We Are Both Right

I Didn’t Realize There Was a Messy Room Gene (Sorry Kids)

toy room

This is about as clean as our toy room gets. ©We Are Both Right

…Whosever room this is should be ashamed!
Donald or Robert or Willie or–
Huh? You say it’s mine? Oh, dear,
I knew it looked familiar!

–”Messy Room” by Shel Silverstein

As a child, I had a messy bedroom. (I hear my mother snorting from all the way over here.) OK, maybe messy isn’t the word. Probably more like disaster area. Pigsty. Garbage dump. You get the idea.

My grandfather, Bepaw, used to joke that he was going to shovel me out. (I think he was joking anyway.) I had stuff everywhere. Under the bed, under the dresser, on the floor, piled on the desk, shoved in the closet, crammed in the drawers. From when I was a little kid, my room had one default setting — shambles. It’s not that I didn’t like having a clean room — I totally did. I just didn’t have the time or inclination to straighten it up. And it reached a point where the thought of trying to put everything back in its place just got too overwhelming. So I didn’t.

As I got older, I got much better, although even today, I am not the neatest of people. I like to pile things; you have to be careful when you open any cabinets, lest something falls out and bops you in the head; my “junk drawer” is actually four of them. And once again, I find myself wanting to be more orderly, but it’s just not in my nature. For me, messier is faster. (Until I lose something.)

My point is, I get why my two older kids’ rooms are shambolic (and wonder if it’s something in their DNA). I totally understand and can relate. To some, it might be a cop-out, but they are busy. They are in school all day and then there are after school activities to think of, and friends to play with and homework to do. The room always comes last. And honestly, I’m OK with that.

But lest you think my kids are going to be the next people profiled on Hoarders, I do have some rules about their rooms.

  • No food or wrappers in bedrooms — nothing that will attract bugs.
  • There has to be a clear path in and out of the doorway and to the bed.
  • If something breaks as a result of the messy room — it’s stepped on, crushed, whatever — we will not replace it and it gets thrown out.
  • Clothing drawers must stay closed.
  • If they want to have a friend over, the room has to be cleaned — not perfect, but to a point where everyone can sit down and the floor is mostly visible.

Do I wish their rooms were neater? You bet. Not because the mess upsets me — both kids have doors on their rooms and we can close them if necessary. I wish they had clean rooms for themselves. It’s nice when you can find things and have friends over and just relax in a room that’s neat. As much as I didn’t like cleaning my room as a child, its messy state was always something that hung over my head.

To that end, we’ve recently instituted a new policy. Every day, I set a timer and they must spend 15 minutes cleaning their rooms, whether its making the bed, putting away clothes or just straightening up. My son C. has a bit of a head start on my daughter A. though. Last week my husband T. got so fed up with C.’s room that he spent a good two hours cleaning it and clearing out the junk. So right now it’s really clean, but I can see, even three days into having his room be pin straight, he’s having issues. For my kids and me, cleanliness is not inherent.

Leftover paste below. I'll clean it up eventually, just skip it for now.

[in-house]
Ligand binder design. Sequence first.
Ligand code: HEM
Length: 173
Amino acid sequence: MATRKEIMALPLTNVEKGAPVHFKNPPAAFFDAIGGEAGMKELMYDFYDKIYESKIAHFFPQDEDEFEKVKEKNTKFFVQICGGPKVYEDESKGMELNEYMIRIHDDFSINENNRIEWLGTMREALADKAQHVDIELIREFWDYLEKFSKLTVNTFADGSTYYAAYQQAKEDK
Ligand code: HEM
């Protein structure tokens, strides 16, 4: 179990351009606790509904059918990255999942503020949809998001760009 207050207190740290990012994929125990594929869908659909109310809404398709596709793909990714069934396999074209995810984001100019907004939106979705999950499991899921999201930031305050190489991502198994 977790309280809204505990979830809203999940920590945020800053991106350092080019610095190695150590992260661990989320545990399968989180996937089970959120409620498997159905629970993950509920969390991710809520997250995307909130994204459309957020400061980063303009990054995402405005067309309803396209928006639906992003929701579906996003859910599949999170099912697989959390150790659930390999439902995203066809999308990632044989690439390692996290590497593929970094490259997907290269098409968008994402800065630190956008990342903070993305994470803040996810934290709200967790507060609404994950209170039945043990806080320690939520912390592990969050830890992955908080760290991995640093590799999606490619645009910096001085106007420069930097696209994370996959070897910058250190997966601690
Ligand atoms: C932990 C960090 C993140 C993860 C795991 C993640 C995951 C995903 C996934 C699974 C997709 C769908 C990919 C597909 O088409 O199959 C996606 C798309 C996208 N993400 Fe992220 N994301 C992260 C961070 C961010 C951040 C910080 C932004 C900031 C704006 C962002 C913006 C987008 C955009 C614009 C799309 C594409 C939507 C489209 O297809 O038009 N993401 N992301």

Still, I’m trying to set a good example, doing the 15 minutes thing myself and doing my best to eliminate the piles and the clutter. Every night I wipe down the counters and the bathroom and I don’t go to bed unless the kitchen and living room are neat. We plan on having a yard sale this spring, and I’m hoping the thought of making some money for the things they no longer want will jump start them (and me) into getting rid of stuff, thereby making the house less crowded.

And, apparently, there is some hope. I think the cycle might actually be breaking with our toddler, S. He will happily “put toys in,” when it’s time to clean up whatever it is he’s been playing with and if he happens to stumble upon someone’s clutter (even his own), he will exclaim, “What a mess! Who made mess?”

So maybe I should be following his example.

Do you allow your children to keep a messy room? Why or why not?

Suzanne is not a fan of messy rooms, but bless her, she barely raises an eyebrow when she sets foot into my house.

4 Responses to “I Didn’t Realize There Was a Messy Room Gene (Sorry Kids)”

  1. Enyo says:

    When I was a kid, my room was trashed. And, yes, we’re talking “Hoarders” trashed. There was a path from my door to my bed and a point where the path forked to get you to my closet. The main problem was that there really *wasn’t* a place for everything to be. Now I’m a little bit neurotic. I have the fifteen minute “clean up” policy in place. And my kid’s room is *always* kept immaculate because I don’t ever want him to look around his room and wonder where on earth he was supposed to put things when it’s time to clean up.


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